When we’re teaching our curriculum, we describe the Point of Intersection as having three components and we usually talk about them in a particular order: Talents, Interests and then, pulling up the rear, Need. We... Read More »
Sweet or Bittersweet? You Decide
You might recognize these pictures from yesterday's post.
It's because when I wrote yesterday's post I told you there were two sides of the story and that if you tuned in today, I would share the other side. The bittersweet side.
The first side was a recap of everything I love about living in community and how my encounter with neighborhood boys selling lemonade helped drive the point home.
Now, at the expense of sounding like a stick in the mud, here's the other side of the story…
You might have noticed the hundred dollar bill sitting on top of their container. It was covering up some twenties and some tens too. Impressed with their business model, I asked what their secret was to turning lemons into lemonade and then selling close to two hundred dollar's worth of sugar water.
Tips. That was their answer. Some really generous people in this golf community drove by and bought a couple of glasses of $1.00 lemonade and then told the boys to “keep the change.”
Or not. And here is where the fuddy ruddy in me comes out.
These boys were already pleased with themselves because they came up with the idea for a lemonade stand and then actually made it happen. They were 8, 10, and 13 and thick in the middle of discovering how good it feels to apply yourself and see the reward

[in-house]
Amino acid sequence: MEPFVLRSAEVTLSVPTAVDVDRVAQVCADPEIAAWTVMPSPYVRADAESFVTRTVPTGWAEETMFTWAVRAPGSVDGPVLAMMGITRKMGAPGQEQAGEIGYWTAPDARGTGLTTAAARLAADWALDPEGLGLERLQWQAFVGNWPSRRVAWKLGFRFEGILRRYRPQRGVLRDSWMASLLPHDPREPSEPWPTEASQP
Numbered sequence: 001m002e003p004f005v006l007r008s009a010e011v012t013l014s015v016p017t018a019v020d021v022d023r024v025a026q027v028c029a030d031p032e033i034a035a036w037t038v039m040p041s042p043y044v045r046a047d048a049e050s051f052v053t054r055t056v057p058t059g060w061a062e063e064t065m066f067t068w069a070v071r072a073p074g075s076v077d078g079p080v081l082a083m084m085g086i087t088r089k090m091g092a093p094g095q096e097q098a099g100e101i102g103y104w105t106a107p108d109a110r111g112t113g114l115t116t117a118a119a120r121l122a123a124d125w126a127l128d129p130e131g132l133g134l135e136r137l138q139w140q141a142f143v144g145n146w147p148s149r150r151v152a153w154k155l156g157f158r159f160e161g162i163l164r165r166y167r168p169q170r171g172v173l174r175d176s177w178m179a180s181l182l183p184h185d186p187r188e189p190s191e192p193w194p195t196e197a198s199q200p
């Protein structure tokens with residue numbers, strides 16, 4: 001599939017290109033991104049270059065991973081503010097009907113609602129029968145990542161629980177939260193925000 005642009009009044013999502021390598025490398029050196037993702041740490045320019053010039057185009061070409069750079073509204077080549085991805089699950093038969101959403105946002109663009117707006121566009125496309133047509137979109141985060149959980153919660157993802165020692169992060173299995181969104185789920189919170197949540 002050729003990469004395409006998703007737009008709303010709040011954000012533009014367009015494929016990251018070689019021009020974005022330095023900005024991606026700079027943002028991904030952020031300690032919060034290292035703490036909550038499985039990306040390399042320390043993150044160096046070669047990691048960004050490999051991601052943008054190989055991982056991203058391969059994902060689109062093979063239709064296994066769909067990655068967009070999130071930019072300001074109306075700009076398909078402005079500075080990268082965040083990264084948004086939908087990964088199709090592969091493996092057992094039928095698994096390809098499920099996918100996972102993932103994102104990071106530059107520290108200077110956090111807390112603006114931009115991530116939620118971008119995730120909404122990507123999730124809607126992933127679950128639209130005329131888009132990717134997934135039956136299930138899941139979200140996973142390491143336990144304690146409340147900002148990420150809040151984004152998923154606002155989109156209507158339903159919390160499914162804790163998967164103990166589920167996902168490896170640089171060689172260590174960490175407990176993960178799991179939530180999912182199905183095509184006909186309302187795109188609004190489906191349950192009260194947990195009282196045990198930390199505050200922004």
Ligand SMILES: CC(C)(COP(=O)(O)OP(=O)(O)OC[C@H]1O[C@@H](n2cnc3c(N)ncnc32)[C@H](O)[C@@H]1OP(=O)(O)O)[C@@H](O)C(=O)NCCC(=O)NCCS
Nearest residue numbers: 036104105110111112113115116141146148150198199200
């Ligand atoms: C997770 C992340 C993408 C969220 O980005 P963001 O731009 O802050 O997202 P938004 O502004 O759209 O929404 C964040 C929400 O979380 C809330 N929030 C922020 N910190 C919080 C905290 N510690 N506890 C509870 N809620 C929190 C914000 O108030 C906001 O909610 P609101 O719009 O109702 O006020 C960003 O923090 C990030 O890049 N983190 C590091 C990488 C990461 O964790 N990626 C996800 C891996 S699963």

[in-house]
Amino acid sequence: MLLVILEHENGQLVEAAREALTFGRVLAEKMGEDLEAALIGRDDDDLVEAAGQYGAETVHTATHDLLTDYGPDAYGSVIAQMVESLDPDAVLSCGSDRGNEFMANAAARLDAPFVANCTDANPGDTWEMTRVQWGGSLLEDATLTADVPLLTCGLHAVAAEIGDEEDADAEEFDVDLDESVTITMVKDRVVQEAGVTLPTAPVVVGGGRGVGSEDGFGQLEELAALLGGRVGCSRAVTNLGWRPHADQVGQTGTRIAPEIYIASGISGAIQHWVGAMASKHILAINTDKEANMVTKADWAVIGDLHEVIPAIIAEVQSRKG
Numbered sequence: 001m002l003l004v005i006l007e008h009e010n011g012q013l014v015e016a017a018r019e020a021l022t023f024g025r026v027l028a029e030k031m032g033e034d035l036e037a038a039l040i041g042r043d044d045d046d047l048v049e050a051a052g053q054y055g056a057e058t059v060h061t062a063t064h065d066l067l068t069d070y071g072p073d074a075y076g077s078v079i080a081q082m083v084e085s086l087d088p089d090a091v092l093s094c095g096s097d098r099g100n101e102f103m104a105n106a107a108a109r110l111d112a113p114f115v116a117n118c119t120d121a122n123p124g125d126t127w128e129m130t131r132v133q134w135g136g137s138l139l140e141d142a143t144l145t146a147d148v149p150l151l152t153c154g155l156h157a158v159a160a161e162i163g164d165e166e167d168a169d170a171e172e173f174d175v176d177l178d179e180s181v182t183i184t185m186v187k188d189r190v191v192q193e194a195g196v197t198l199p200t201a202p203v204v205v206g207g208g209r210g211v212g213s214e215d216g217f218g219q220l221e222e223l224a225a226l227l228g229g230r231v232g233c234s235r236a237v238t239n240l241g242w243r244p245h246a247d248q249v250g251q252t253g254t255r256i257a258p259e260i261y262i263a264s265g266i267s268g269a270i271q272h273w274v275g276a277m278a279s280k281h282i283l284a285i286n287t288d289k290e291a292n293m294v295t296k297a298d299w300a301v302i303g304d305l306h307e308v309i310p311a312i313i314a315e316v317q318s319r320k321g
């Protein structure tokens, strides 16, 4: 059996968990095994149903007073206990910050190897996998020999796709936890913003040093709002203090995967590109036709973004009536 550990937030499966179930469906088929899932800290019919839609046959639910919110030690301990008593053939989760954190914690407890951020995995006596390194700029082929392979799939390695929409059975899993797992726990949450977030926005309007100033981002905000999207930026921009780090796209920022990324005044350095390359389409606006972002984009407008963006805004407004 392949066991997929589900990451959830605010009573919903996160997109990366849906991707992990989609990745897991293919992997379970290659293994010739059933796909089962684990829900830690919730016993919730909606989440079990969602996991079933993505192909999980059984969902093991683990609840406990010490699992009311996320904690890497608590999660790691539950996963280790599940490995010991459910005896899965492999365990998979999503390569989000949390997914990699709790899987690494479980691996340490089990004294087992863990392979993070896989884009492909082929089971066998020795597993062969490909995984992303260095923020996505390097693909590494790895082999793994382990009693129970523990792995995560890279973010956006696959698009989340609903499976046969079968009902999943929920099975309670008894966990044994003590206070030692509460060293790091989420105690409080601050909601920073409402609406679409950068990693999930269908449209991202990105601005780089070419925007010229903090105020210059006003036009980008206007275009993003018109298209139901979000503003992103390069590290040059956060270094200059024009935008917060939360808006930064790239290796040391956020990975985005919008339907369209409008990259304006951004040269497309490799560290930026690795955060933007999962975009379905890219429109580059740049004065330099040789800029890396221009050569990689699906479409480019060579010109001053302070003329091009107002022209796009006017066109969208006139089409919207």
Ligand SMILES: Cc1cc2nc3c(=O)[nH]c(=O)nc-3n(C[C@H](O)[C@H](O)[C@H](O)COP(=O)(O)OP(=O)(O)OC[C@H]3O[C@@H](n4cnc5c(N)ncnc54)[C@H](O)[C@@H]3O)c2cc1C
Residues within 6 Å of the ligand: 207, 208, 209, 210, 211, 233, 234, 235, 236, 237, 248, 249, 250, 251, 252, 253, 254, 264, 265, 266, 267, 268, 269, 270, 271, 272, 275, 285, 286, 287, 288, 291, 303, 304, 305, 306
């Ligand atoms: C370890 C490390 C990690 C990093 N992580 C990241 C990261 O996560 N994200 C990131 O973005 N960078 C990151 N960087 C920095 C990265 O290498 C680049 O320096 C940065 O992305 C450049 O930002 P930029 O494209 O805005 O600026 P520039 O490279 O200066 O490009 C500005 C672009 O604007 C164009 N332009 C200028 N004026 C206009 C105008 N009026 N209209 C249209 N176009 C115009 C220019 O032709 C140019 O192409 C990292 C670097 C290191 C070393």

But not a hundred dollars worth of reward. Because that takes this simple childhood experience and robs it of its innocence.
Indulging the boys by spending $100.00 on a glass of lemonade is one of the things responsible for why every newspaper headline and talk show host wants to lament about how entitled this generation is.
Let's be clear. Those adults gave excessive tips because they have extra money at their disposal, it's easy for them, and because, for that fleeting moment, it made them feel good.
Not because the boys needed $100.00 to be happy. They were already happy.
Outside in the sun,
spending time with friends,
and seeing what it feels like to accomplish a goal.
Where do they go from there? That's what I want to know. Join me in the Comment Section and tell us what you think.